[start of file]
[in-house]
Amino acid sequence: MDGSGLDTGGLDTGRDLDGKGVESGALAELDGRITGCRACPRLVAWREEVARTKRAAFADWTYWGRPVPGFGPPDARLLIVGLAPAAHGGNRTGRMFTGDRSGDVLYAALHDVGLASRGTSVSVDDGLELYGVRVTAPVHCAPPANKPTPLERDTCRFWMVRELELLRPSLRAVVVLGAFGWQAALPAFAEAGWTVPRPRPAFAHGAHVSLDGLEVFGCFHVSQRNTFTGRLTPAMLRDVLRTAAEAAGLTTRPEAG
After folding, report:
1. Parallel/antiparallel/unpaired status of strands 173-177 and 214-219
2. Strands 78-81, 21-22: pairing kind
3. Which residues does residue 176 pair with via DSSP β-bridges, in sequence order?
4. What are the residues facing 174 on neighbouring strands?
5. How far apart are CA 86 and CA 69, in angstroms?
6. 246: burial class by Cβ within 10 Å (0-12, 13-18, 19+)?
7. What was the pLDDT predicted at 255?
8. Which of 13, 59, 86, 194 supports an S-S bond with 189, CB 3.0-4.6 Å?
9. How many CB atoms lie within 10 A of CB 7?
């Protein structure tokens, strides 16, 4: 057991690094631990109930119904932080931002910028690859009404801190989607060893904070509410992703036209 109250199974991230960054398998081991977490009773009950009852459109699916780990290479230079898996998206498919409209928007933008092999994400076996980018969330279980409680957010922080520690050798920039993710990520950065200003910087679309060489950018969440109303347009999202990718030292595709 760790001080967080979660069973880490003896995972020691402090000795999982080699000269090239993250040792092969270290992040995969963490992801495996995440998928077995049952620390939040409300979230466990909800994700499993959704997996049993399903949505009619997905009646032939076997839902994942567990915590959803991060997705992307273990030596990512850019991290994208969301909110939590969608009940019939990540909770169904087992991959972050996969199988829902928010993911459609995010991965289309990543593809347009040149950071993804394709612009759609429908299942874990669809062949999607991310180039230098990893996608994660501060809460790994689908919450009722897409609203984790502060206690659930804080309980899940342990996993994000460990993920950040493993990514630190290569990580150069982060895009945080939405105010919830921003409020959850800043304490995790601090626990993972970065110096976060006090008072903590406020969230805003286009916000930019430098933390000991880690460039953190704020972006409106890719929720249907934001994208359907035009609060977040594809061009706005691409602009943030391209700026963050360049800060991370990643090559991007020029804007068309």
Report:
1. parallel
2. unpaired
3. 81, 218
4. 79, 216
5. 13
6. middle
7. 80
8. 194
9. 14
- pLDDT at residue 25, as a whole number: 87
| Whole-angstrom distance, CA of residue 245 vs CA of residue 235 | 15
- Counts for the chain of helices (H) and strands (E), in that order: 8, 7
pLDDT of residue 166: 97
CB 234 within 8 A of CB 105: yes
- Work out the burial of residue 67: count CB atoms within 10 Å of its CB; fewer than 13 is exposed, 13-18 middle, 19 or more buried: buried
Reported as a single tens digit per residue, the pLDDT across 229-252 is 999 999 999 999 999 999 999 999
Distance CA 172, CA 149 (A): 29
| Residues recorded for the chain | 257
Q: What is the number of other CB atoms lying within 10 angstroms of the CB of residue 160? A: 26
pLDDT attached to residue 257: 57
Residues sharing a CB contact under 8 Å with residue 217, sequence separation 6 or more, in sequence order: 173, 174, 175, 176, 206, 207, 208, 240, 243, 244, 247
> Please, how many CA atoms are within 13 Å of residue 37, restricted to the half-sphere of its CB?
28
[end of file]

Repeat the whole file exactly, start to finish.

[in-house]
Amino acid sequence: MDGSGLDTGGLDTGRDLDGKGVESGALAELDGRITGCRACPRLVAWREEVARTKRAAFADWTYWGRPVPGFGPPDARLLIVGLAPAAHGGNRTGRMFTGDRSGDVLYAALHDVGLASRGTSVSVDDGLELYGVRVTAPVHCAPPANKPTPLERDTCRFWMVRELELLRPSLRAVVVLGAFGWQAALPAFAEAGWTVPRPRPAFAHGAHVSLDGLEVFGCFHVSQRNTFTGRLTPAMLRDVLRTAAEAAGLTTRPEAG
After folding, report:
1. Parallel/antiparallel/unpaired status of strands 173-177 and 214-219
2. Strands 78-81, 21-22: pairing kind
3. Which residues does residue 176 pair with via DSSP β-bridges, in sequence order?
4. What are the residues facing 174 on neighbouring strands?
5. How far apart are CA 86 and CA 69, in angstroms?
6. 246: burial class by Cβ within 10 Å (0-12, 13-18, 19+)?
7. What was the pLDDT predicted at 255?
8. Which of 13, 59, 86, 194 supports an S-S bond with 189, CB 3.0-4.6 Å?
9. How many CB atoms lie within 10 A of CB 7?
């Protein structure tokens, strides 16, 4: 057991690094631990109930119904932080931002910028690859009404801190989607060893904070509410992703036209 109250199974991230960054398998081991977490009773009950009852459109699916780990290479230079898996998206498919409209928007933008092999994400076996980018969330279980409680957010922080520690050798920039993710990520950065200003910087679309060489950018969440109303347009999202990718030292595709 760790001080967080979660069973880490003896995972020691402090000795999982080699000269090239993250040792092969270290992040995969963490992801495996995440998928077995049952620390939040409300979230466990909800994700499993959704997996049993399903949505009619997905009646032939076997839902994942567990915590959803991060997705992307273990030596990512850019991290994208969301909110939590969608009940019939990540909770169904087992991959972050996969199988829902928010993911459609995010991965289309990543593809347009040149950071993804394709612009759609429908299942874990669809062949999607991310180039230098990893996608994660501060809460790994689908919450009722897409609203984790502060206690659930804080309980899940342990996993994000460990993920950040493993990514630190290569990580150069982060895009945080939405105010919830921003409020959850800043304490995790601090626990993972970065110096976060006090008072903590406020969230805003286009916000930019430098933390000991880690460039953190704020972006409106890719929720249907934001994208359907035009609060977040594809061009706005691409602009943030391209700026963050360049800060991370990643090559991007020029804007068309």
Report:
1. parallel
2. unpaired
3. 81, 218
4. 79, 216
5. 13
6. middle
7. 80
8. 194
9. 14
- pLDDT at residue 25, as a whole number: 87
| Whole-angstrom distance, CA of residue 245 vs CA of residue 235 | 15
- Counts for the chain of helices (H) and strands (E), in that order: 8, 7
pLDDT of residue 166: 97
CB 234 within 8 A of CB 105: yes
- Work out the burial of residue 67: count CB atoms within 10 Å of its CB; fewer than 13 is exposed, 13-18 middle, 19 or more buried: buried
Reported as a single tens digit per residue, the pLDDT across 229-252 is 999 999 999 999 999 999 999 999
Distance CA 172, CA 149 (A): 29
| Residues recorded for the chain | 257
Q: What is the number of other CB atoms lying within 10 angstroms of the CB of residue 160? A: 26
pLDDT attached to residue 257: 57
Residues sharing a CB contact under 8 Å with residue 217, sequence separation 6 or more, in sequence order: 173, 174, 175, 176, 206, 207, 208, 240, 243, 244, 247
> Please, how many CA atoms are within 13 Å of residue 37, restricted to the half-sphere of its CB?
28